Here is a fun little fact to keep in mind should you ever find yourself doctor-shopping mid-cardiac-arrest: Women are less likely to survive a heart attack if they are treated by a man, according to new research.
Past research has shown that women are less likely than men to receive appropriate care during a heart attack, and are also significantly more likely to die as a result, reports The Guardian. Women are also more likely to be misdiagnosed following a heart attack. Experts have offered a few possible explanations—namely doctors’ unconscious gender bias and the misleading stereotype of a heart attack patient as a middle-aged man clutching his chest. (PSA: heart attack symptoms are probably not what you thought they were.)
This latest research, published in the journal Proceedings of the National Academy of Sciences, scoured records for nearly two decades of emergency department admissions, looking at patient and doctor demographics, as well as survival rates. Overall, nearly 12 percent of heart attack patients died in the hospital. But, as The Guardian reports, “when patients shared the same gender as their doctor, they were more likely to survive, with the probability of death falling by just over 0.6 percentage points.”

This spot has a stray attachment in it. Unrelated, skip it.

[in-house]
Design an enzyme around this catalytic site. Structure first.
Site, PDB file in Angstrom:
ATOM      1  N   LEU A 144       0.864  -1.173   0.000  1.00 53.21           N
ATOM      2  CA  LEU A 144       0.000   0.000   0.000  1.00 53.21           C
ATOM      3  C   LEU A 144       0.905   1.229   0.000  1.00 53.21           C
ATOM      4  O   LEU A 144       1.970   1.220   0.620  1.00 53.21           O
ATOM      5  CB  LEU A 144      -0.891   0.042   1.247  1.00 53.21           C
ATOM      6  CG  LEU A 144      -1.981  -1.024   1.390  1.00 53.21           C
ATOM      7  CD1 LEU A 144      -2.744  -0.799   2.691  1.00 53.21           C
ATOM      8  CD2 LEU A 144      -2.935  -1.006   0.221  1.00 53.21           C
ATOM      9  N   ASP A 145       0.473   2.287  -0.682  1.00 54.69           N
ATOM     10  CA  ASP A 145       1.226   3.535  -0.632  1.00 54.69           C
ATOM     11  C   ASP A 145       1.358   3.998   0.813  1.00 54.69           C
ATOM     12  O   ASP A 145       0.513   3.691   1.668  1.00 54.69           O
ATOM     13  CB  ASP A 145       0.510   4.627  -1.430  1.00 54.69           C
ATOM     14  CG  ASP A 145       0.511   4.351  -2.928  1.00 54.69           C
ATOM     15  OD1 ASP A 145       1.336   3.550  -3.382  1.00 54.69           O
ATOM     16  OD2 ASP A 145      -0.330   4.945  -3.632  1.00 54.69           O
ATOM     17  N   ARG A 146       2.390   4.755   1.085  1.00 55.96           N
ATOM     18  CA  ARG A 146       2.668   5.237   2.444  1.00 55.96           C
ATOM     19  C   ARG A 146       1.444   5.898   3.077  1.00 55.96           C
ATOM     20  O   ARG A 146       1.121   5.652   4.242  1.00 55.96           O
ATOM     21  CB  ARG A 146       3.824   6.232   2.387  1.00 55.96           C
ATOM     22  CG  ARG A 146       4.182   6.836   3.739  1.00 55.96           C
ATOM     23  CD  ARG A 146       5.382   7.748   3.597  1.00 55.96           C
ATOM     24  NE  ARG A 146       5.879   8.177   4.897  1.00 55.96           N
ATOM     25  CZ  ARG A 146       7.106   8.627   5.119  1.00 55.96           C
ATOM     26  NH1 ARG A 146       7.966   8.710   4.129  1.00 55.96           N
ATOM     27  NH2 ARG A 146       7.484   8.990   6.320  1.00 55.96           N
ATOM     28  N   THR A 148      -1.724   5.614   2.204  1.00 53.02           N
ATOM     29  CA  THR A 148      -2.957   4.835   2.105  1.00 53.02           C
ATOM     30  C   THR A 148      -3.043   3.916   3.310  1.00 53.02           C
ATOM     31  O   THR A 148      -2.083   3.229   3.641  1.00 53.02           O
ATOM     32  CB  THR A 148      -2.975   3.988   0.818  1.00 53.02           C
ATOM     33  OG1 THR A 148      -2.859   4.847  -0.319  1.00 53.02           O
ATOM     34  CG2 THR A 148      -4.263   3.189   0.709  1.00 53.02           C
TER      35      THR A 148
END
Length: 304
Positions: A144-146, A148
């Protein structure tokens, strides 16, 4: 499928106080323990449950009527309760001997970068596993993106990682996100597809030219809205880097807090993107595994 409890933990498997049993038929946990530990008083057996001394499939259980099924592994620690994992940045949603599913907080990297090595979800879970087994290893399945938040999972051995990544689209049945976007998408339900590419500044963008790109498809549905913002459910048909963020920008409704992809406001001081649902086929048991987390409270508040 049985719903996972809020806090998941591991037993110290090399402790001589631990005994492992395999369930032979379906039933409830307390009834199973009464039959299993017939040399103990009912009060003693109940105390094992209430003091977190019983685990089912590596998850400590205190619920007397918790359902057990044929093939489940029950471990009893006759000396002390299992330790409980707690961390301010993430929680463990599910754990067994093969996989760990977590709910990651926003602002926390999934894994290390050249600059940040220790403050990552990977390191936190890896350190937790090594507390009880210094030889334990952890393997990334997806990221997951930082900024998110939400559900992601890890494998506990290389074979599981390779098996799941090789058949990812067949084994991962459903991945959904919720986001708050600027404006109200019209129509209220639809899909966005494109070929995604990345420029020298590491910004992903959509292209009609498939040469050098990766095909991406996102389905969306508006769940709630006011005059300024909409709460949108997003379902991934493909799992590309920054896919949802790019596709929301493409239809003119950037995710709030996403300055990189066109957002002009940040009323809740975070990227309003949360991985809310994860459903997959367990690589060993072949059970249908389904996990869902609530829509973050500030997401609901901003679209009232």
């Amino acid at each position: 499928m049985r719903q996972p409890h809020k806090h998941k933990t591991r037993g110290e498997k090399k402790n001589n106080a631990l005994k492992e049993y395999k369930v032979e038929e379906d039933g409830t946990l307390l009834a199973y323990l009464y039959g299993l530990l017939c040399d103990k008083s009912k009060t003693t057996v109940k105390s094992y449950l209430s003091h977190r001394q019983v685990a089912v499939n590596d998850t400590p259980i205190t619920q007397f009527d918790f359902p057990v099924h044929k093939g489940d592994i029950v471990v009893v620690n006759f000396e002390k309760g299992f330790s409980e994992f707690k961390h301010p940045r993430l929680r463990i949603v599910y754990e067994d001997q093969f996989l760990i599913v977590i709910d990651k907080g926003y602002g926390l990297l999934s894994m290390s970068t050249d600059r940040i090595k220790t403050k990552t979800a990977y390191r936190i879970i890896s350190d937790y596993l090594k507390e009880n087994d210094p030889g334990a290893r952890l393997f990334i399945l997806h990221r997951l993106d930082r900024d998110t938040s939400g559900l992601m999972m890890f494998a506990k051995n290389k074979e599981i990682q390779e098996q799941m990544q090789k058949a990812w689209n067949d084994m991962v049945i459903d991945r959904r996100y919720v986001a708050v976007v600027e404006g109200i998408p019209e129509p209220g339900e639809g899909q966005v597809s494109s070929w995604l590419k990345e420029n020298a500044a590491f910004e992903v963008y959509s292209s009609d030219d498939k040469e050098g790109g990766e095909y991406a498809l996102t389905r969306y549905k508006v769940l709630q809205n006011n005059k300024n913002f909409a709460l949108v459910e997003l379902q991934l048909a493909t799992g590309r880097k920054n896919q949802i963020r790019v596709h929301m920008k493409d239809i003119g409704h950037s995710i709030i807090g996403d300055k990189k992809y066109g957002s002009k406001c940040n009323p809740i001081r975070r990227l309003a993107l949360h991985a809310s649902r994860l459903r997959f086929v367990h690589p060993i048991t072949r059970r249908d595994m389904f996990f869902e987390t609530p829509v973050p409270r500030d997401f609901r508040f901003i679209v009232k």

When the researchers dug further, though, they found that “men and women had similar chances of survival when they saw female doctors. But male doctors were linked to worse outcomes, particularly for women.” Women treated by men were “about 1.5 percentage points less likely to survive a heart attack than male patients in the care of female doctors.” Here’s where things get really interesting: “the more female patients a male doctor had previously treated for heart attacks, the better the chances of survival a woman had,” reports The Guardian.
The researchers offer up a simple explanation: “most physicians are male, and male physicians appear to have trouble treating female patients,” they write. That leaves a big question unanswered: Why do men have trouble treating women patients? Nonetheless, the researchers suggest a sensible solution to the inequity that they uncovered: hire more women doctors and train all doctors to recognize that heart disease is not a “male issue.”